Removing football from the equation allowed the Blue Jays to install the dirt infield on a permanent basis for the season.
"Just an incredible job by the grounds crew and conversion crew here; it's exciting to see," president Mark Shapiro told the media on Thursday.
"It looks like baseball. I'm more excited to see some ground balls hit on it and see our guys make it out there and see how it plays, but it looks incredible."
Not only does the infield provide an increased measure of aesthetics, the hope is that it will also help reduce the bumps and bruises that come with the rigors of the season and provide a more natural bounce that is customary among outdoor stadiums.
"Normally we play on dirt, so it's something we're used to," first baseman Justin Smoak said. "It's always been different coming back here, because you're on turf, so we've always had to make that adjustment. So now this should be easier, but we'll see how it goes."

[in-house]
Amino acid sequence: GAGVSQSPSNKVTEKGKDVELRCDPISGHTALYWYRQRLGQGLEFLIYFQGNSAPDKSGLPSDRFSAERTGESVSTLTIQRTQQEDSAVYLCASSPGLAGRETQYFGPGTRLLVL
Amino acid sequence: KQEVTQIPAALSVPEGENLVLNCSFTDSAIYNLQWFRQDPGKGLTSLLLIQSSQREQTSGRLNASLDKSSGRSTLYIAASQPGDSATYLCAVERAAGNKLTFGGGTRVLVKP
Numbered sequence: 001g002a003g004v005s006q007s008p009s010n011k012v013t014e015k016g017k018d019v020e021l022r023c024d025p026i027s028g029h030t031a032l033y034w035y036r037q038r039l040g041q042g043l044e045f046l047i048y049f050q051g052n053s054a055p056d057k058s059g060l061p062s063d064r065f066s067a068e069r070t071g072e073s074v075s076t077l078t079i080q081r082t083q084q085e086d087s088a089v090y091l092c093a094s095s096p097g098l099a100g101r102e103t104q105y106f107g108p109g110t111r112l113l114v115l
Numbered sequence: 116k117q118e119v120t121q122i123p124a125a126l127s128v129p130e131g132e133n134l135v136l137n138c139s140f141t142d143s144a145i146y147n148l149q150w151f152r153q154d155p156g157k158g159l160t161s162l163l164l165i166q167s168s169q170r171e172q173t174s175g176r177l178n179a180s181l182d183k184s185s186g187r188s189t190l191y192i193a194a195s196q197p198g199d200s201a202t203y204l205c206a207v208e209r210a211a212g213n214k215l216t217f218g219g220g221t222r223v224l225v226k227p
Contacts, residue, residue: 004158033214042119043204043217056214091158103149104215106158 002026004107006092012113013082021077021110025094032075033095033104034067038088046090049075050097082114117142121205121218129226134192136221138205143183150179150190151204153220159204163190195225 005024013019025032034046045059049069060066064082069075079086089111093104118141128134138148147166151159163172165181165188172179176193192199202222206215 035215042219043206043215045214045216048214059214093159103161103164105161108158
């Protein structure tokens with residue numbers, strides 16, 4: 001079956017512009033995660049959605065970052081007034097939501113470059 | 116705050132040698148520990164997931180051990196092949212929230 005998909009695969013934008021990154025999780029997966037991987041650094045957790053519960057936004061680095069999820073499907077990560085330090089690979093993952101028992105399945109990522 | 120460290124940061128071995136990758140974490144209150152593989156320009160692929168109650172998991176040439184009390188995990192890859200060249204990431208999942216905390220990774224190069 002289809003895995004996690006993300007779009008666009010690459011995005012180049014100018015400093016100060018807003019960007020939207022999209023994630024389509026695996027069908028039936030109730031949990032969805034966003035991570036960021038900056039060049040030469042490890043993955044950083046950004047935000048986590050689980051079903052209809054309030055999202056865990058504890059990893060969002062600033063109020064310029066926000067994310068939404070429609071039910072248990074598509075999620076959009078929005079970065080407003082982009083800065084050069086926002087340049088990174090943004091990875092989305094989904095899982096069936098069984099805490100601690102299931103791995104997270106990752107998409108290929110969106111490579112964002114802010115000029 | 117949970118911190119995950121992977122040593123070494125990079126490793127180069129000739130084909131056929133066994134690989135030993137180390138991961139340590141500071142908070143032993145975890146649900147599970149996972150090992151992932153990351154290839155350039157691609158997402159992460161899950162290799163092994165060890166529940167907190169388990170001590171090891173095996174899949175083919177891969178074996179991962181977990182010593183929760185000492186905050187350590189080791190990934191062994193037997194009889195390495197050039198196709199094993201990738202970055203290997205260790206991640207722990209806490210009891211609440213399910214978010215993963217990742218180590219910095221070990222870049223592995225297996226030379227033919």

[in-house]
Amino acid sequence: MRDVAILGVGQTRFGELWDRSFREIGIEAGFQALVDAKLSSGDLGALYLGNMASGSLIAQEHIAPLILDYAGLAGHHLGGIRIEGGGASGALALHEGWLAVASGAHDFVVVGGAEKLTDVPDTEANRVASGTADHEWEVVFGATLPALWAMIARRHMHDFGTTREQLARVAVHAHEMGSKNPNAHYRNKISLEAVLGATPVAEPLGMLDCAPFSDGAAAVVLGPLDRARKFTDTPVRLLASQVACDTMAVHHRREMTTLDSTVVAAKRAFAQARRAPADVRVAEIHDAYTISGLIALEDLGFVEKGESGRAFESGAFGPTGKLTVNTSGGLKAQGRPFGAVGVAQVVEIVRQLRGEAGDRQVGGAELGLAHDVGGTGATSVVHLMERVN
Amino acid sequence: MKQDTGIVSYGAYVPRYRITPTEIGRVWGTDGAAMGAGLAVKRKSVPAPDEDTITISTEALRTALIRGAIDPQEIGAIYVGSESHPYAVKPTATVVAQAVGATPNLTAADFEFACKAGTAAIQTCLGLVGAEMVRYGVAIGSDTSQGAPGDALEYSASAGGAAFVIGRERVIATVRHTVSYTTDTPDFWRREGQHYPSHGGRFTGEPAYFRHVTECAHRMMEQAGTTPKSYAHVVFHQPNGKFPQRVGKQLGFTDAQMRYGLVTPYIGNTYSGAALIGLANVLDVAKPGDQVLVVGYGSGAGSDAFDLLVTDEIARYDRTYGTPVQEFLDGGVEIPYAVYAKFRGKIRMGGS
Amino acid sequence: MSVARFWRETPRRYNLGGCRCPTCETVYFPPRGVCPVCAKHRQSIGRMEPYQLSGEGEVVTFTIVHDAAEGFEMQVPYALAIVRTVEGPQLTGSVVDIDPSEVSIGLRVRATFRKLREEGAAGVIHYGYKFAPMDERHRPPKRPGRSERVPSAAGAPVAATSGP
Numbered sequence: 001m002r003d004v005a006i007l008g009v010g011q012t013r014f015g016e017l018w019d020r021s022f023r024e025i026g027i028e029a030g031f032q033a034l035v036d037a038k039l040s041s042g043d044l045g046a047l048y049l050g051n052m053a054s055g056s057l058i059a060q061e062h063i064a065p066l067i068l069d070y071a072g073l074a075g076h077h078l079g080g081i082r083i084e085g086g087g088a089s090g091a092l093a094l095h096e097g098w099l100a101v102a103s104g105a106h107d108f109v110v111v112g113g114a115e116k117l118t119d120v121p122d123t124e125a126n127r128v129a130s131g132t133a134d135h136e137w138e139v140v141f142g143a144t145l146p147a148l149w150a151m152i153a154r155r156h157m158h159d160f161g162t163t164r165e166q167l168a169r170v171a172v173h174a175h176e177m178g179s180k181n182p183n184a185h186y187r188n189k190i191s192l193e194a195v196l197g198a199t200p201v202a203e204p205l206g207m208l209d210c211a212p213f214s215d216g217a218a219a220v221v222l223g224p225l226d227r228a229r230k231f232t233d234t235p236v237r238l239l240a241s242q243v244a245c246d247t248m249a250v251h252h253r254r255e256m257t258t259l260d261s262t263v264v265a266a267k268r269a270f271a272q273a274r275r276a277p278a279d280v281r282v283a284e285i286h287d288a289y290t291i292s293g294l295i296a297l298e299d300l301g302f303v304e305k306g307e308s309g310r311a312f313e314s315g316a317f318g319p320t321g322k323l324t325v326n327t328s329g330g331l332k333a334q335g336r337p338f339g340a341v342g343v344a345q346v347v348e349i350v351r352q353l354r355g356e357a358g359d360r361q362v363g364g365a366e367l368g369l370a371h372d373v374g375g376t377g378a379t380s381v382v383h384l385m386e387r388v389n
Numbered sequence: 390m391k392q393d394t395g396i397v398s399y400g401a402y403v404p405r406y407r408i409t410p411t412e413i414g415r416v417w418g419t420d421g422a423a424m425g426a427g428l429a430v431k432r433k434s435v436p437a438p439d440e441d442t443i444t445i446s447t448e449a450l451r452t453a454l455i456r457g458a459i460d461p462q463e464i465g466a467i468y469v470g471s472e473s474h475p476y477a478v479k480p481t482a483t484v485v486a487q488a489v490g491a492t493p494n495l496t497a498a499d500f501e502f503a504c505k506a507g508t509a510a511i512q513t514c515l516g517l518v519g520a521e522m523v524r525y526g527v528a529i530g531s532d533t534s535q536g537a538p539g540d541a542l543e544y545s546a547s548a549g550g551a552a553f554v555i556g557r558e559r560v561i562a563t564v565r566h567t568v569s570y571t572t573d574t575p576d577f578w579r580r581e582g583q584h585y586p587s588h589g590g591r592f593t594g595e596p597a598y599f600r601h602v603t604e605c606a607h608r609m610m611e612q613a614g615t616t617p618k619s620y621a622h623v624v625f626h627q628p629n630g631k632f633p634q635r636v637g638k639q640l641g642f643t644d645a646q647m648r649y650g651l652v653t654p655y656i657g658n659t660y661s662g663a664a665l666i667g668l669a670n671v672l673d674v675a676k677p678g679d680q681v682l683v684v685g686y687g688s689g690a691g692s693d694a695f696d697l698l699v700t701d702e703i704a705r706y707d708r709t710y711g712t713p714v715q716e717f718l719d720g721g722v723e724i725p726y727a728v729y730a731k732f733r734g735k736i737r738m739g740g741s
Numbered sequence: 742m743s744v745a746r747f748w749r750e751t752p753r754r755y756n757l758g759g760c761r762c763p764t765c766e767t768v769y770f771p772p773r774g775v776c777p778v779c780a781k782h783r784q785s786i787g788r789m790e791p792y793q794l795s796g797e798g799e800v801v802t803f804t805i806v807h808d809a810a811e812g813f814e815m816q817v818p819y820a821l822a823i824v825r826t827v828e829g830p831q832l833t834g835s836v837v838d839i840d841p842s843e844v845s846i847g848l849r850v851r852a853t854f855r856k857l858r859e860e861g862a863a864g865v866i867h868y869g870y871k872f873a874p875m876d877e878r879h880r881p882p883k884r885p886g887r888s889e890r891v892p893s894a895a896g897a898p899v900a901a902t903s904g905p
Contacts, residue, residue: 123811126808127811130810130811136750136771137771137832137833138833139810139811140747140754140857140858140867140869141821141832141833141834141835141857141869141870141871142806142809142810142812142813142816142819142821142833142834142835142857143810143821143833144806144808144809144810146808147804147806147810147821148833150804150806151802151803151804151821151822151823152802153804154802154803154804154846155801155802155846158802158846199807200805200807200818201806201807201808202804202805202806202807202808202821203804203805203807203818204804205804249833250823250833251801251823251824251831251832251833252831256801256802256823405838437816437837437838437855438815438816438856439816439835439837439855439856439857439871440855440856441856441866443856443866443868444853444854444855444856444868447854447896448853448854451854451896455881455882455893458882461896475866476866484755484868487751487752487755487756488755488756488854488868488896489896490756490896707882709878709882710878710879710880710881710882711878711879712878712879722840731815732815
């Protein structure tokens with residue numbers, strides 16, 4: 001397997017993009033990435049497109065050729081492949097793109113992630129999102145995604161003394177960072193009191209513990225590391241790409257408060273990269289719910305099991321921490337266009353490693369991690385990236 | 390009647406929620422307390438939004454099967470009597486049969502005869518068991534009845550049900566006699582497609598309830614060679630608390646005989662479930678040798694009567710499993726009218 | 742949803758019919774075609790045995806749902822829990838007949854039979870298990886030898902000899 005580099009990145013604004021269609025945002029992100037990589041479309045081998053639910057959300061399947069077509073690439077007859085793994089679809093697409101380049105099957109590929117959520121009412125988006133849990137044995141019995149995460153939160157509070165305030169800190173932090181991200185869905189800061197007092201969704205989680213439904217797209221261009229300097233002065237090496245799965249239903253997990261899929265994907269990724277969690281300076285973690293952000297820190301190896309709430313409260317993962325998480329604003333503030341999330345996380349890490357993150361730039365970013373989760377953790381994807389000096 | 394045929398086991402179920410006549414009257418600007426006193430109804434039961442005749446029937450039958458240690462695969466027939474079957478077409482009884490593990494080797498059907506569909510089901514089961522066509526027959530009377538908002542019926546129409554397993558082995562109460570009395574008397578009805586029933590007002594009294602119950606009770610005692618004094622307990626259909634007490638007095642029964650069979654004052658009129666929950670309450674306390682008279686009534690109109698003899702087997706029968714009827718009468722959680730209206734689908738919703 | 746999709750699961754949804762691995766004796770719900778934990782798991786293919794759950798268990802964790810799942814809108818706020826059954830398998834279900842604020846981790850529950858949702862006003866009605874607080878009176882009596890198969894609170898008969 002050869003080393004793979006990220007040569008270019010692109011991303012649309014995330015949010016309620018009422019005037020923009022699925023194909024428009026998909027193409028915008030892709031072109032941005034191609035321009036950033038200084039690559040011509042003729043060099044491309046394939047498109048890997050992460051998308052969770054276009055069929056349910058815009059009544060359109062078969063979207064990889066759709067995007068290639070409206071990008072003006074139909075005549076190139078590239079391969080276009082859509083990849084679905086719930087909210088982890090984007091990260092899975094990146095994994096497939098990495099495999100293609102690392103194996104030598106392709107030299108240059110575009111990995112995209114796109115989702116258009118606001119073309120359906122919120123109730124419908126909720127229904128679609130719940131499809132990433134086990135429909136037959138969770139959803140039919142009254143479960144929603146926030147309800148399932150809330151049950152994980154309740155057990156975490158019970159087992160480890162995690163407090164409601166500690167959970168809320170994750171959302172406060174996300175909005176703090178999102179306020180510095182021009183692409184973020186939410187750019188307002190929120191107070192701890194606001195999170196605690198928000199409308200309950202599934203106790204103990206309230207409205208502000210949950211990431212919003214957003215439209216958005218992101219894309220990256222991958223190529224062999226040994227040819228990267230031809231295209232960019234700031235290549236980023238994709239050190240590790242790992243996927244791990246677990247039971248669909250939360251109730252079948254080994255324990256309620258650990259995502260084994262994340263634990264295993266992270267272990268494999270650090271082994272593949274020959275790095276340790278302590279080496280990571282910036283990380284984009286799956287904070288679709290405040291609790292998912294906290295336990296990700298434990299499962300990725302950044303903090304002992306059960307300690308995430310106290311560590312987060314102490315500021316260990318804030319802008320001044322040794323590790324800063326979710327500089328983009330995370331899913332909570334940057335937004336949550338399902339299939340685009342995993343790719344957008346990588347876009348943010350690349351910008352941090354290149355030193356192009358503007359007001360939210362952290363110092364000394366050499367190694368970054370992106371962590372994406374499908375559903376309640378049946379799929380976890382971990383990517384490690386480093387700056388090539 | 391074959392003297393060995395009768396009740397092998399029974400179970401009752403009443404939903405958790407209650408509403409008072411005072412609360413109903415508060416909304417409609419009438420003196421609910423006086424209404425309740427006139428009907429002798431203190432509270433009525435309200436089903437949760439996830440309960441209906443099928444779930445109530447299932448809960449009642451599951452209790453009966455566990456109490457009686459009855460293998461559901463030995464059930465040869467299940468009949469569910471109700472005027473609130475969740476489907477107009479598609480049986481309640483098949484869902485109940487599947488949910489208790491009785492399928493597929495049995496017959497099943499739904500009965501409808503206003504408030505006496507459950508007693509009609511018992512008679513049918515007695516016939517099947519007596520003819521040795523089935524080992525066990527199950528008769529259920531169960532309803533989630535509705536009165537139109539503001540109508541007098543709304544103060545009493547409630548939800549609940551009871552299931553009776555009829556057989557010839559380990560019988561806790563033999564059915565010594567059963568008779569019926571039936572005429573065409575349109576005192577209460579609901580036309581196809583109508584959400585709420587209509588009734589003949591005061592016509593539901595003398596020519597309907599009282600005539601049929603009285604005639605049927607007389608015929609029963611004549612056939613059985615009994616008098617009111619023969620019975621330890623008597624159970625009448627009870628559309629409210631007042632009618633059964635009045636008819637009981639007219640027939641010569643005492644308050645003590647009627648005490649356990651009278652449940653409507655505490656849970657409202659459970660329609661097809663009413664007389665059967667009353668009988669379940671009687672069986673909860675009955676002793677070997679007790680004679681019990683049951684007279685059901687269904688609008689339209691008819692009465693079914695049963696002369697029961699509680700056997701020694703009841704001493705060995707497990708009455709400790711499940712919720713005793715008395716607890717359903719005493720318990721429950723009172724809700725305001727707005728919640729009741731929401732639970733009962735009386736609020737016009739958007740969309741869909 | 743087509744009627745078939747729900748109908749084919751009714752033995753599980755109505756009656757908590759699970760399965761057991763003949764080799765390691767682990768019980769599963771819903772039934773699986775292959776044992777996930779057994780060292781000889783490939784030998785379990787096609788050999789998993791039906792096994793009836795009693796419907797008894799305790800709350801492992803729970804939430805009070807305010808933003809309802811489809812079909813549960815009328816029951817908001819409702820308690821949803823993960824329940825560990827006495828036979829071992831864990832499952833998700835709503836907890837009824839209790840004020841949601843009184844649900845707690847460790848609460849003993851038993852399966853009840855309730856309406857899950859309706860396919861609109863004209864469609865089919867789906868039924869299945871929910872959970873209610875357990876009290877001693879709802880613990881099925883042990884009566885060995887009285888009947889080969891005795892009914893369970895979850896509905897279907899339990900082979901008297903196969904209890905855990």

The old infield was a regular topic of discussion last season, with balls hit on the turf slowing down. Blue Jays manager John Gibbons expects that to change after this latest installment, with a fine-tuning period tailored in between.
"It's definitely going to be a faster game," Gibbons said. "There's going to be more balls rolling through that didn't roll through last year, so that'll be an adjustment."
The Blue Jays will have ample opportunity to break in their new infield, with Friday marking the first game of a six-game homestand.
Alykhan Ravjiani is an associate reporter for MLB.com. This story was not subject to the approval of Major League Baseball or its clubs.